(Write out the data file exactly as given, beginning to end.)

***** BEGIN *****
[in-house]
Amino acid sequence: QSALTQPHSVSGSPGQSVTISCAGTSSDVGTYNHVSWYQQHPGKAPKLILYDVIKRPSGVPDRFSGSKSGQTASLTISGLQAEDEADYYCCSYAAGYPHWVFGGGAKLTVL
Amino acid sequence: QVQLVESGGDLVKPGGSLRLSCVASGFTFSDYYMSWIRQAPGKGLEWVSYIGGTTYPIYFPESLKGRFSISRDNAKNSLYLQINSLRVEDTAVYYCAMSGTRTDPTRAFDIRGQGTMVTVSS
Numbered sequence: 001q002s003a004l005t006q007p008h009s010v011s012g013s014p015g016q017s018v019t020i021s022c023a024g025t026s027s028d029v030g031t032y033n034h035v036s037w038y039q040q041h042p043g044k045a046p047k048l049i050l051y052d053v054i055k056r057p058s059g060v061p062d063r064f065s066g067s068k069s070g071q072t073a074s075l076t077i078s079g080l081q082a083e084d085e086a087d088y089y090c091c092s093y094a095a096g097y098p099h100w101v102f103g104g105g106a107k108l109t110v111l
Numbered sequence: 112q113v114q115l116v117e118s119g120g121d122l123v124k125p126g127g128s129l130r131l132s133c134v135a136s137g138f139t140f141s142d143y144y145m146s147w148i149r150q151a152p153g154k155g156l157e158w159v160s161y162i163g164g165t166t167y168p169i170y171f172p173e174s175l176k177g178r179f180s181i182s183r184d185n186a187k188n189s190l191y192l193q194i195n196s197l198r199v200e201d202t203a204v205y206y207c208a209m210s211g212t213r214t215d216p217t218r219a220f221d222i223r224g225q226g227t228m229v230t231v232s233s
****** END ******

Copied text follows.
[in-house]
Amino acid sequence: QSALTQPHSVSGSPGQSVTISCAGTSSDVGTYNHVSWYQQHPGKAPKLILYDVIKRPSGVPDRFSGSKSGQTASLTISGLQAEDEADYYCCSYAAGYPHWVFGGGAKLTVL
Amino acid sequence: QVQLVESGGDLVKPGGSLRLSCVASGFTFSDYYMSWIRQAPGKGLEWVSYIGGTTYPIYFPESLKGRFSISRDNAKNSLYLQINSLRVEDTAVYYCAMSGTRTDPTRAFDIRGQGTMVTVSS
Numbered sequence: 001q002s003a004l005t006q007p008h009s010v011s012g013s014p015g016q017s018v019t020i021s022c023a024g025t026s027s028d029v030g031t032y033n034h035v036s037w038y039q040q041h042p043g044k045a046p047k048l049i050l051y052d053v054i055k056r057p058s059g060v061p062d063r064f065s066g067s068k069s070g071q072t073a074s075l076t077i078s079g080l081q082a083e084d085e086a087d088y089y090c091c092s093y094a095a096g097y098p099h100w101v102f103g104g105g106a107k108l109t110v111l
Numbered sequence: 112q113v114q115l116v117e118s119g120g121d122l123v124k125p126g127g128s129l130r131l132s133c134v135a136s137g138f139t140f141s142d143y144y145m146s147w148i149r150q151a152p153g154k155g156l157e158w159v160s161y162i163g164g165t166t167y168p169i170y171f172p173e174s175l176k177g178r179f180s181i182s183r184d185n186a187k188n189s190l191y192l193q194i195n196s197l198r199v200e201d202t203a204v205y206y207c208a209m210s211g212t213r214t215d216p217t218r219a220f221d222i223r224g225q226g227t228m229v230t231v232s233s